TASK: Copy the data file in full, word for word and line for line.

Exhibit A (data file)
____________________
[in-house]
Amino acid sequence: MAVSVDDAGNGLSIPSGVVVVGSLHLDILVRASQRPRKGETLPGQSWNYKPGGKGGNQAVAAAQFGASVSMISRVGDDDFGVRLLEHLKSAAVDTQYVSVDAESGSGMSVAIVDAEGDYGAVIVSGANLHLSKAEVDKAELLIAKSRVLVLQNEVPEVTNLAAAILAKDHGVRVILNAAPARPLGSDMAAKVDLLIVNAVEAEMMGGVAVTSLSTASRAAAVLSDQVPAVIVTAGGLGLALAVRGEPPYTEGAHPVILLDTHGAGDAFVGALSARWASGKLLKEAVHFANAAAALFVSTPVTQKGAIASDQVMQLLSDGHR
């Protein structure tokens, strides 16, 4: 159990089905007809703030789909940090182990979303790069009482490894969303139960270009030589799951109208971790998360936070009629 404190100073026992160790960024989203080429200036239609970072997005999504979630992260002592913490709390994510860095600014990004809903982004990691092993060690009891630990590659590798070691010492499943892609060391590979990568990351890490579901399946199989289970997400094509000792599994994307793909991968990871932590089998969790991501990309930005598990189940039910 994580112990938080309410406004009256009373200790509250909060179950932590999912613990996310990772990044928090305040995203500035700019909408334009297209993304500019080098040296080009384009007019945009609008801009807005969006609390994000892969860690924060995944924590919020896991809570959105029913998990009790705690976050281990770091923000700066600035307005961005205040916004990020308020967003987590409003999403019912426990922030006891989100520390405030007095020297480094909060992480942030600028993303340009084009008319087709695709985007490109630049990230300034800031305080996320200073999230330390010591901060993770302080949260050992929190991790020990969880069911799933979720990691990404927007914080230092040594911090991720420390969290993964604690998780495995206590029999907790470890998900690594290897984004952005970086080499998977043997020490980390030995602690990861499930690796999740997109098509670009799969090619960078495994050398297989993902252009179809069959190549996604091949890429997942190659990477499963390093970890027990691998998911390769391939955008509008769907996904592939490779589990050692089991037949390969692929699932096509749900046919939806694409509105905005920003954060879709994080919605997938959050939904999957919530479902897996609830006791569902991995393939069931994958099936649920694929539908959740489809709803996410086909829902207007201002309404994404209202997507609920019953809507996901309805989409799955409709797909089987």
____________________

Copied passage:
[in-house]
Amino acid sequence: MAVSVDDAGNGLSIPSGVVVVGSLHLDILVRASQRPRKGETLPGQSWNYKPGGKGGNQAVAAAQFGASVSMISRVGDDDFGVRLLEHLKSAAVDTQYVSVDAESGSGMSVAIVDAEGDYGAVIVSGANLHLSKAEVDKAELLIAKSRVLVLQNEVPEVTNLAAAILAKDHGVRVILNAAPARPLGSDMAAKVDLLIVNAVEAEMMGGVAVTSLSTASRAAAVLSDQVPAVIVTAGGLGLALAVRGEPPYTEGAHPVILLDTHGAGDAFVGALSARWASGKLLKEAVHFANAAAALFVSTPVTQKGAIASDQVMQLLSDGHR
């Protein structure tokens, strides 16, 4: 159990089905007809703030789909940090182990979303790069009482490894969303139960270009030589799951109208971790998360936070009629 404190100073026992160790960024989203080429200036239609970072997005999504979630992260002592913490709390994510860095600014990004809903982004990691092993060690009891630990590659590798070691010492499943892609060391590979990568990351890490579901399946199989289970997400094509000792599994994307793909991968990871932590089998969790991501990309930005598990189940039910 994580112990938080309410406004009256009373200790509250909060179950932590999912613990996310990772990044928090305040995203500035700019909408334009297209993304500019080098040296080009384009007019945009609008801009807005969006609390994000892969860690924060995944924590919020896991809570959105029913998990009790705690976050281990770091923000700066600035307005961005205040916004990020308020967003987590409003999403019912426990922030006891989100520390405030007095020297480094909060992480942030600028993303340009084009008319087709695709985007490109630049990230300034800031305080996320200073999230330390010591901060993770302080949260050992929190991790020990969880069911799933979720990691990404927007914080230092040594911090991720420390969290993964604690998780495995206590029999907790470890998900690594290897984004952005970086080499998977043997020490980390030995602690990861499930690796999740997109098509670009799969090619960078495994050398297989993902252009179809069959190549996604091949890429997942190659990477499963390093970890027990691998998911390769391939955008509008769907996904592939490779589990050692089991037949390969692929699932096509749900046919939806694409509105905005920003954060879709994080919605997938959050939904999957919530479902897996609830006791569902991995393939069931994958099936649920694929539908959740489809709803996410086909829902207007201002309404994404209202997507609920019953809507996901309805989409799955409709797909089987």